Elisabeth Bellevue

Inez Yeargan Kaiser 

Black women have been the most underrepresented in the public relations (PR) field for as long as it has existed. However, an important figure paved the way for many Black women PR professionals who aspire to run their firm and agency one day. This month, I pay homage to Inez Yeargan Kaiser, the first Black woman to own a PR and advertising company. Before taking the initiative to start a PR firm, Kaiser spent 20 years of her life as an educator. She has made it possible for Black women in the PR industry to thrive in our work. Kaiser’s story inspires me because I am reminded that if she can have her own firm as a Black woman, so can I. 

Peter Stanton

Linda Schulte, Louise White and Jean Rainey 

I wish to recognize and say “Thank You” to three outstanding women without whom I simply would not have a career in this field. They are my first three bosses in communication. 

Linda Schulte was head of communication for the Maryland Energy Policy Office during the oil embargoes of the early ‘70s. She brought me on as an intern and kept me around – for some reason  -once the internship ended. She taught me core principles of media relations, but more important, communication integrity, honesty and transparency long before such “core values” were fashionable. 

Louise White was head of communication for the University of Maryland’s Baltimore City campus. This was the medical professional school campus of the university. Unimaginable breakthroughs in science, cancer therapy and medical research occurred on that campus and Louise had the insight and imagination to capitalize on these and put the school on the global stage. Louise convened a press conference to announce a world‘s first cancer therapy. It was attended by more than 80 journalists all demanding one-on-one interviews with the patient and the physicians.  I observed Louise in action and learned from her how to say no, but still get the coverage.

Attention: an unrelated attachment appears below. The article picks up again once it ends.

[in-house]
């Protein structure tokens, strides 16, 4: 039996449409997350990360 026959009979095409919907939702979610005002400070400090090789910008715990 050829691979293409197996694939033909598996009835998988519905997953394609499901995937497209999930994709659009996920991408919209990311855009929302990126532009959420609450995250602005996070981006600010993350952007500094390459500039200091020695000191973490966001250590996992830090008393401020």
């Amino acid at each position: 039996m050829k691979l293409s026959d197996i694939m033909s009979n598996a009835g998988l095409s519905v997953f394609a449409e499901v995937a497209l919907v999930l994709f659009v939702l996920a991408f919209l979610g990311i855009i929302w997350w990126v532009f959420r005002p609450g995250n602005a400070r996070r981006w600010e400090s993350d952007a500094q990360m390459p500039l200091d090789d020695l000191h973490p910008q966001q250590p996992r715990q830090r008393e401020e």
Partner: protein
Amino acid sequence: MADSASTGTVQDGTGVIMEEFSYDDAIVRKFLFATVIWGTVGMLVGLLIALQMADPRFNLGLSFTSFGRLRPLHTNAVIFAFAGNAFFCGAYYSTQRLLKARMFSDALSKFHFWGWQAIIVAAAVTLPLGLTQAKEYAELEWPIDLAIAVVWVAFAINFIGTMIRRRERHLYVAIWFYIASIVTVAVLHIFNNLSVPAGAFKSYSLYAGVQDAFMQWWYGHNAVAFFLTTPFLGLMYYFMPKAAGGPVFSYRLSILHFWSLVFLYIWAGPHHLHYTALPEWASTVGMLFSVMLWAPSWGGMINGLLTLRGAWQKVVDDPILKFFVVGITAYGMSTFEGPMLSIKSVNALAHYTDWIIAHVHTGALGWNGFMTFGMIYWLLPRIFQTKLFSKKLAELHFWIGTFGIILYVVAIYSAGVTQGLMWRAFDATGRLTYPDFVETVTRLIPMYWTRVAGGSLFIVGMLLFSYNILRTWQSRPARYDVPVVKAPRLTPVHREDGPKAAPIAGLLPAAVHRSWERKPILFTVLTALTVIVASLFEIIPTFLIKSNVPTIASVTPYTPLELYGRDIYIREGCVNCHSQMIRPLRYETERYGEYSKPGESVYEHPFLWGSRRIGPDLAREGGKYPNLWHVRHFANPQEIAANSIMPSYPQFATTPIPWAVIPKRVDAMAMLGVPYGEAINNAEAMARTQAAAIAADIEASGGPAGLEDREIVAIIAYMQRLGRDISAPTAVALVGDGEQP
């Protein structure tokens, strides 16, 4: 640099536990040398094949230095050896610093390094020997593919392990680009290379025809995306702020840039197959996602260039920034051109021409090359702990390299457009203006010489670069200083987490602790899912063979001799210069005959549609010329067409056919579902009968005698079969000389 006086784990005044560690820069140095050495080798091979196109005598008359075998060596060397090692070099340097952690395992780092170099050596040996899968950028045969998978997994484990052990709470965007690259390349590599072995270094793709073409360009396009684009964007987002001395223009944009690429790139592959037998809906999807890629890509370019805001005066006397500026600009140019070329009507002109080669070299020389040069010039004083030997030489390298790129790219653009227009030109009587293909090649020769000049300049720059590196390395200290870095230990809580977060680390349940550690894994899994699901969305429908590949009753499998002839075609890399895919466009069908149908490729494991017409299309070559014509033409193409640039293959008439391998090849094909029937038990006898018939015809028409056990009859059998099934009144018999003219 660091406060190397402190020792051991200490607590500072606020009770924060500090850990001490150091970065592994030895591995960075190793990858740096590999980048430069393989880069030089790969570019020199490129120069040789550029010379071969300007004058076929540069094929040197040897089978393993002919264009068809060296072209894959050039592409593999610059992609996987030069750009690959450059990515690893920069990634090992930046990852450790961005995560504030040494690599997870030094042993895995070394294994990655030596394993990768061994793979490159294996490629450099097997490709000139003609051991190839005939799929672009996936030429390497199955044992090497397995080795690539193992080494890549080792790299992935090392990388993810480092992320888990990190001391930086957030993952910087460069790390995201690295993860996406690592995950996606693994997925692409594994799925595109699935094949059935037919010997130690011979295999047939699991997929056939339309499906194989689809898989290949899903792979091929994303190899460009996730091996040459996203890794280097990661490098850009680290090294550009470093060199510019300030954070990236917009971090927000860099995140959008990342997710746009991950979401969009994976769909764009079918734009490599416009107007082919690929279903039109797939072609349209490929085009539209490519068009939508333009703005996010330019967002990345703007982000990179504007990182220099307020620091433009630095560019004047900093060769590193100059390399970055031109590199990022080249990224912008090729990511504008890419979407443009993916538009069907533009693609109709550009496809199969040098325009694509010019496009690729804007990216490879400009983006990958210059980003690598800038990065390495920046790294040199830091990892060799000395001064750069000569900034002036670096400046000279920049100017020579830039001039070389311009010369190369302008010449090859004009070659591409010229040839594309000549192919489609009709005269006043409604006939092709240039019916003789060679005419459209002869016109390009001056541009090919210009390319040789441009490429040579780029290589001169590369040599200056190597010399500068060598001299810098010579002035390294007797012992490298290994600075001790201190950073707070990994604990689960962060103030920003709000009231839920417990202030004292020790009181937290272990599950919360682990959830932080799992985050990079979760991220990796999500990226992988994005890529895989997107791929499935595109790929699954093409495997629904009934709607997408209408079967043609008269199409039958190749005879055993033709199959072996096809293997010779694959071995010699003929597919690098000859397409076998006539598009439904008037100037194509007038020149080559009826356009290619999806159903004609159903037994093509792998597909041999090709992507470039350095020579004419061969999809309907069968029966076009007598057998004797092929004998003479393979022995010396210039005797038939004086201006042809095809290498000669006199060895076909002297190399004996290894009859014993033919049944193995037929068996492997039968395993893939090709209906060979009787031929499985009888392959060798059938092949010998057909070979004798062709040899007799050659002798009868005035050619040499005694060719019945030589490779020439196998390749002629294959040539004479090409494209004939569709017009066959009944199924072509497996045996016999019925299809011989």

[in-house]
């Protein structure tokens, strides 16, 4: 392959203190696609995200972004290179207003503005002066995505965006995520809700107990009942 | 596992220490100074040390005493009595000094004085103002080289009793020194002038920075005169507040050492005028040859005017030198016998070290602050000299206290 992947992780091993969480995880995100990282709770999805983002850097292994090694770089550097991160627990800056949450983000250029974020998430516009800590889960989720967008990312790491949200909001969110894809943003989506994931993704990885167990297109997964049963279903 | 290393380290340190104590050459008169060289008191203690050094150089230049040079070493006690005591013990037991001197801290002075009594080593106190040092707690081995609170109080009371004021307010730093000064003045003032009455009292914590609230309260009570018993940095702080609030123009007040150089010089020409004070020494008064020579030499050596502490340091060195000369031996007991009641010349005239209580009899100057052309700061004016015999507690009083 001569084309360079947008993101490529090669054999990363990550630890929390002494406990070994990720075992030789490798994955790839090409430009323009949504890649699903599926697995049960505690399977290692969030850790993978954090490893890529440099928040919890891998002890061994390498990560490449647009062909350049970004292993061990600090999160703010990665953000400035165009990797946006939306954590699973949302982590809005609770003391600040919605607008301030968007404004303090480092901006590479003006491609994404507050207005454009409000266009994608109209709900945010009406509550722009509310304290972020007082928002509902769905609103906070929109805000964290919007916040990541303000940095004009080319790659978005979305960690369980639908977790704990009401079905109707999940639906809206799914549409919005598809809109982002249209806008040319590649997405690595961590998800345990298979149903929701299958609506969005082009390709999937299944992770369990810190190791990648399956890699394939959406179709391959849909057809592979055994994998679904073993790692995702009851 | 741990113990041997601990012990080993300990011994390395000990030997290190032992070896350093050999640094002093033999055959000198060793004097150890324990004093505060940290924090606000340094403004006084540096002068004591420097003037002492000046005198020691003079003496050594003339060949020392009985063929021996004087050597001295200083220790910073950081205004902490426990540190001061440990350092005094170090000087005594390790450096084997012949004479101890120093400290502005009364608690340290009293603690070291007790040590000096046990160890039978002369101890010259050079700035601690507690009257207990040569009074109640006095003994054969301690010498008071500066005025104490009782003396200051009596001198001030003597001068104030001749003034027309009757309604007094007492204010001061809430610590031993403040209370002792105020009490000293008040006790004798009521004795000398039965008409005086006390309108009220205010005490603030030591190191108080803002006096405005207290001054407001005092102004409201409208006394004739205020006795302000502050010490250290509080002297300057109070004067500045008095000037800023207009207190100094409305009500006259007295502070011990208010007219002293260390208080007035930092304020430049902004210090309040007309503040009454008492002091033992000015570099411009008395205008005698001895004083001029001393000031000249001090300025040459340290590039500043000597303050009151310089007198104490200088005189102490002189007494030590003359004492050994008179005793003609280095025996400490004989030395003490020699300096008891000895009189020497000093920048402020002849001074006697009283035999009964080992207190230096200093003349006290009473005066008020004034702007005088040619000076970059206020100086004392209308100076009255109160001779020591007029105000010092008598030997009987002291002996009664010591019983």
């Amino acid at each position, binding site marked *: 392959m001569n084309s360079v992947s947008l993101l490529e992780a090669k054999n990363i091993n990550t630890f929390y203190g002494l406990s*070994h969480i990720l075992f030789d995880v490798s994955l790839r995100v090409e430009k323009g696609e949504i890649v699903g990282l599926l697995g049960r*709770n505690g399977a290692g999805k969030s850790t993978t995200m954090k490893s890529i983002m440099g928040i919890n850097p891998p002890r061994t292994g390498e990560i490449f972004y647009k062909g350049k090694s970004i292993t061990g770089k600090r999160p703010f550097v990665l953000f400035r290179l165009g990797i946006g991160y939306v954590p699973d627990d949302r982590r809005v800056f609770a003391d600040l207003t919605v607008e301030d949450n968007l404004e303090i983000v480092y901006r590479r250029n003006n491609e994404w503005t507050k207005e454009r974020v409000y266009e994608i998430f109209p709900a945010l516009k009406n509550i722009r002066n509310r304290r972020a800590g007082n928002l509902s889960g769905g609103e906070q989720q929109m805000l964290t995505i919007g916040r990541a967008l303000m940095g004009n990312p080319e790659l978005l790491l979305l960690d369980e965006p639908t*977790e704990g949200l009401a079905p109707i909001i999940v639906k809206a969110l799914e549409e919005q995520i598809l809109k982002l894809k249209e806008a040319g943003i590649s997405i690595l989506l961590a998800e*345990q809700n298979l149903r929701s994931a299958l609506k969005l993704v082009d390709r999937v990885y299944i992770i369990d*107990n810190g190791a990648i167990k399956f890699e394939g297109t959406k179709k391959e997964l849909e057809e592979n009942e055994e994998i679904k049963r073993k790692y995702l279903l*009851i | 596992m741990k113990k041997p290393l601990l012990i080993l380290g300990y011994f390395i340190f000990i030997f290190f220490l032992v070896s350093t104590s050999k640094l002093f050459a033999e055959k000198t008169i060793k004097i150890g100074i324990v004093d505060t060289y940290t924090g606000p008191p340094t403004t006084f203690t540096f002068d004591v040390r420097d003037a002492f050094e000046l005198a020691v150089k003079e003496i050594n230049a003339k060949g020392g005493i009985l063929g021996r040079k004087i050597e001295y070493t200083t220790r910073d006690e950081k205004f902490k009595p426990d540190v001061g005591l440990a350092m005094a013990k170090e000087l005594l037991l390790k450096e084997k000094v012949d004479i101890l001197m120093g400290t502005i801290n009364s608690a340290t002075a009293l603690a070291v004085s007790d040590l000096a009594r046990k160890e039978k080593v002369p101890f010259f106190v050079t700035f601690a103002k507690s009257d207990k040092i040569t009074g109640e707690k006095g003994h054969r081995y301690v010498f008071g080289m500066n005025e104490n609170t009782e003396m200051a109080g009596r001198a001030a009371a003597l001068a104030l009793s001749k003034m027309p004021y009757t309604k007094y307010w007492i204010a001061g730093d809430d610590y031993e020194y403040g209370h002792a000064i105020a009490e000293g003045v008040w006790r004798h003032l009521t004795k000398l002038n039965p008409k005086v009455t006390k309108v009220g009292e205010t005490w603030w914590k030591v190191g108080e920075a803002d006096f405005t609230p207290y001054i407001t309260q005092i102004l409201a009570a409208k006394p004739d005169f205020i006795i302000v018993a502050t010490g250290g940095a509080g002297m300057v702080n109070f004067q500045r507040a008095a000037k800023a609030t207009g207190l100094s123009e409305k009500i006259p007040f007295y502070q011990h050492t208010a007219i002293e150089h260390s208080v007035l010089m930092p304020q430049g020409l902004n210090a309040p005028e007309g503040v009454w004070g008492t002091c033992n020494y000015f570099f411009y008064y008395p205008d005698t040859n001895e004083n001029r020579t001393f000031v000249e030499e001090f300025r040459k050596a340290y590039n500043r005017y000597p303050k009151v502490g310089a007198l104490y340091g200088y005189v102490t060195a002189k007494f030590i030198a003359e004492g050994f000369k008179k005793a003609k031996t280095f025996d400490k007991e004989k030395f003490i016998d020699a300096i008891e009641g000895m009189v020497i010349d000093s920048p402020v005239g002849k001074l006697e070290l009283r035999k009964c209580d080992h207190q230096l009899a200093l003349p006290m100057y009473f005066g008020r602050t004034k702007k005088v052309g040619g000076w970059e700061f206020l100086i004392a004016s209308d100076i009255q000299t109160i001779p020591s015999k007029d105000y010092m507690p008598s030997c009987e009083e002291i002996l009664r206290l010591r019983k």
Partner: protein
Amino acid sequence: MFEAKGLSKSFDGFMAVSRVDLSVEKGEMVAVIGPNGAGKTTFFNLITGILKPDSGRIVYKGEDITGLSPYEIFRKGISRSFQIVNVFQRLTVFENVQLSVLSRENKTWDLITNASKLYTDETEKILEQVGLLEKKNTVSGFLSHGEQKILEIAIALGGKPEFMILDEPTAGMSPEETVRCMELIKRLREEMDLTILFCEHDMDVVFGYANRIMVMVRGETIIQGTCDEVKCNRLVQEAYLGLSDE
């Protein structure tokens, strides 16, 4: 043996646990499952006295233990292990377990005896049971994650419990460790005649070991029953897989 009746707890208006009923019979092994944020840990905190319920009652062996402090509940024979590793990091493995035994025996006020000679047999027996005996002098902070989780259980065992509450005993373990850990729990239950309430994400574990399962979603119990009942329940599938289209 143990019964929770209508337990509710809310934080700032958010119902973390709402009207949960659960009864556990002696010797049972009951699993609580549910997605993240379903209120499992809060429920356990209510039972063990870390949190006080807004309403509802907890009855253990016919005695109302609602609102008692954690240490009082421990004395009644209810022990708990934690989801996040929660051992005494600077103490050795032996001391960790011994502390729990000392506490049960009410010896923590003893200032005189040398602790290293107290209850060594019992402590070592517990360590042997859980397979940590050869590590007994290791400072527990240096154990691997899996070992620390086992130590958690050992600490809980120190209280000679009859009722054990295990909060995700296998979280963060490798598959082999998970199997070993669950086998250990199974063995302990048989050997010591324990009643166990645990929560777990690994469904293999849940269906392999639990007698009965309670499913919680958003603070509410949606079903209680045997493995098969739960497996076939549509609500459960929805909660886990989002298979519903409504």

Jean Rainey was head of the Washington, DC office of what today is MSL/Publicis.  She gave me my first agency job and the opportunity to work on the business of major corporations, industry associations and professional societies.  She was demanding and hard knocks, but still kind and caring.  She also provided access to many other of the brilliant professionals that populated that firm in those days. Jean provided an enriching experience that remains with me today. I hope I do as much in support of my own people as an ongoing tribute to Jean. 

I learned everything from these pros before I ever had a male boss in this field.  These women were proving their value and talent every day. They were women at the peak of their capacities who created opportunities for others regardless of gender. 

Thank you to all these inspiring women.